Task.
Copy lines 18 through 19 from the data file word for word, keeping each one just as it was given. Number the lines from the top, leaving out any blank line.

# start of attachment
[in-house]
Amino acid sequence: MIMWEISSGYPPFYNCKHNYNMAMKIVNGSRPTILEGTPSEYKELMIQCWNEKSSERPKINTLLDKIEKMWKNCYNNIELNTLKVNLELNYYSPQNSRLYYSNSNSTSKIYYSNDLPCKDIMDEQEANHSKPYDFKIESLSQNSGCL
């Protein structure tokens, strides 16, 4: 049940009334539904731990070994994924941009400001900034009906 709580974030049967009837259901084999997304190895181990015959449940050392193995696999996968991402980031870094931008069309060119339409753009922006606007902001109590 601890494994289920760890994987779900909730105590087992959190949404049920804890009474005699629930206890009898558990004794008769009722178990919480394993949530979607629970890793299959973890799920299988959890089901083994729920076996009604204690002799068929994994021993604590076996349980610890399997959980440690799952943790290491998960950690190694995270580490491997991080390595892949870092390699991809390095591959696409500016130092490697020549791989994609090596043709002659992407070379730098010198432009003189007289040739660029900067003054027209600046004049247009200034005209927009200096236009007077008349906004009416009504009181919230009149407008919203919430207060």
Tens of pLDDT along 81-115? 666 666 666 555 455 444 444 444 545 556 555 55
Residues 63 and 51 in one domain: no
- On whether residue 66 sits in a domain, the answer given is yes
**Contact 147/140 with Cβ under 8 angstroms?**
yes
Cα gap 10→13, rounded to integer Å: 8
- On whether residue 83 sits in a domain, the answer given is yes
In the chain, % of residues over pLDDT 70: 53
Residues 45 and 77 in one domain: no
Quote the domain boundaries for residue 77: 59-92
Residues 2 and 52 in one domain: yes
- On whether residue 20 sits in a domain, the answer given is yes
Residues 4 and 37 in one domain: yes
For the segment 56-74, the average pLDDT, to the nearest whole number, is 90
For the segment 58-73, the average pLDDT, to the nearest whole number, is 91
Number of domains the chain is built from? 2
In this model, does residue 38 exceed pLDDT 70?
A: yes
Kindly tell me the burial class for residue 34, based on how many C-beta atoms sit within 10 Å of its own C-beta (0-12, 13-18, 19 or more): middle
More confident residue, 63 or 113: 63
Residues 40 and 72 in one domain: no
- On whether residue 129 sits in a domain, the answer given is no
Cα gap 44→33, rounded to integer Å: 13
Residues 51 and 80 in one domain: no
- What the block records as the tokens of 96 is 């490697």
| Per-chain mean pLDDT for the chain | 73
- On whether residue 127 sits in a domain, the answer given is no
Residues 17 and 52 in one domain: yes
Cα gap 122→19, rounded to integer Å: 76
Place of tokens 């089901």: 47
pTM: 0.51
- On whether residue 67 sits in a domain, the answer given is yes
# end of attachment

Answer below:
For the segment 58-73, the average pLDDT, to the nearest whole number, is 91
Number of domains the chain is built from? 2